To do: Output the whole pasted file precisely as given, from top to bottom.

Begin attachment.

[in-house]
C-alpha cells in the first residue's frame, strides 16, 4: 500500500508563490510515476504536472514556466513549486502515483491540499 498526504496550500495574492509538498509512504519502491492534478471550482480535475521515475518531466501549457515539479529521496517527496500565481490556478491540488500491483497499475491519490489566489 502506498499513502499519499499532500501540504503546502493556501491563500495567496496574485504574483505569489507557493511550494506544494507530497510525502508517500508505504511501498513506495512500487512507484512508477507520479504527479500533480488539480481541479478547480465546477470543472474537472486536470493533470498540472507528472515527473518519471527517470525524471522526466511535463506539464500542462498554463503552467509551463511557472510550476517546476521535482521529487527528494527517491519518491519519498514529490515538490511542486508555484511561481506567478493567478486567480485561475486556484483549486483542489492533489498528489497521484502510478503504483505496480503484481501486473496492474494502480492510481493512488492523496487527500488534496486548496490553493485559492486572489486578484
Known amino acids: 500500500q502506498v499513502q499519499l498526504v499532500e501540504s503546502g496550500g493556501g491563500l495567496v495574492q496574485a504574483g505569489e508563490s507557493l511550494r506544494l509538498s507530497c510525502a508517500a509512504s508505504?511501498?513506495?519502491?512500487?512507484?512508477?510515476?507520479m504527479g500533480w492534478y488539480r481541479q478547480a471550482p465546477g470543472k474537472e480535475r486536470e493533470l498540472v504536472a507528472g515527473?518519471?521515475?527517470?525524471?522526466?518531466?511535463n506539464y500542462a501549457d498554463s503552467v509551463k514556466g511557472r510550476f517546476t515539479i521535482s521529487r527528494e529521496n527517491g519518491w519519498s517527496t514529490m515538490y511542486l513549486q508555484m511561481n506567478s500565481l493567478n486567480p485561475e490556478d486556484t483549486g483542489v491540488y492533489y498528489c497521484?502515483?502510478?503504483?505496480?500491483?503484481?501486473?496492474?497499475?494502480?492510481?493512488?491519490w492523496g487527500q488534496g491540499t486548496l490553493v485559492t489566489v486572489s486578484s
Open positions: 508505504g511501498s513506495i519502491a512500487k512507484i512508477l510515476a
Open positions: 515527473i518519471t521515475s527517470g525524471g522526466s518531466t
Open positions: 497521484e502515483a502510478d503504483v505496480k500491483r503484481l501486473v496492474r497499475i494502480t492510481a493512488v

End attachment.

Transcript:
[in-house]
C-alpha cells in the first residue's frame, strides 16, 4: 500500500508563490510515476504536472514556466513549486502515483491540499 498526504496550500495574492509538498509512504519502491492534478471550482480535475521515475518531466501549457515539479529521496517527496500565481490556478491540488500491483497499475491519490489566489 502506498499513502499519499499532500501540504503546502493556501491563500495567496496574485504574483505569489507557493511550494506544494507530497510525502508517500508505504511501498513506495512500487512507484512508477507520479504527479500533480488539480481541479478547480465546477470543472474537472486536470493533470498540472507528472515527473518519471527517470525524471522526466511535463506539464500542462498554463503552467509551463511557472510550476517546476521535482521529487527528494527517491519518491519519498514529490515538490511542486508555484511561481506567478493567478486567480485561475486556484483549486483542489492533489498528489497521484502510478503504483505496480503484481501486473496492474494502480492510481493512488492523496487527500488534496486548496490553493485559492486572489486578484
Known amino acids: 500500500q502506498v499513502q499519499l498526504v499532500e501540504s503546502g496550500g493556501g491563500l495567496v495574492q496574485a504574483g505569489e508563490s507557493l511550494r506544494l509538498s507530497c510525502a508517500a509512504s508505504?511501498?513506495?519502491?512500487?512507484?512508477?510515476?507520479m504527479g500533480w492534478y488539480r481541479q478547480a471550482p465546477g470543472k474537472e480535475r486536470e493533470l498540472v504536472a507528472g515527473?518519471?521515475?527517470?525524471?522526466?518531466?511535463n506539464y500542462a501549457d498554463s503552467v509551463k514556466g511557472r510550476f517546476t515539479i521535482s521529487r527528494e529521496n527517491g519518491w519519498s517527496t514529490m515538490y511542486l513549486q508555484m511561481n506567478s500565481l493567478n486567480p485561475e490556478d486556484t483549486g483542489v491540488y492533489y498528489c497521484?502515483?502510478?503504483?505496480?500491483?503484481?501486473?496492474?497499475?494502480?492510481?493512488?491519490w492523496g487527500q488534496g491540499t486548496l490553493v485559492t489566489v486572489s486578484s
Open positions: 508505504g511501498s513506495i519502491a512500487k512507484i512508477l510515476a
Open positions: 515527473i518519471t521515475s527517470g525524471g522526466s518531466t
Open positions: 497521484e502515483a502510478d503504483v505496480k500491483r503484481l501486473v496492474r497499475i494502480t492510481a493512488v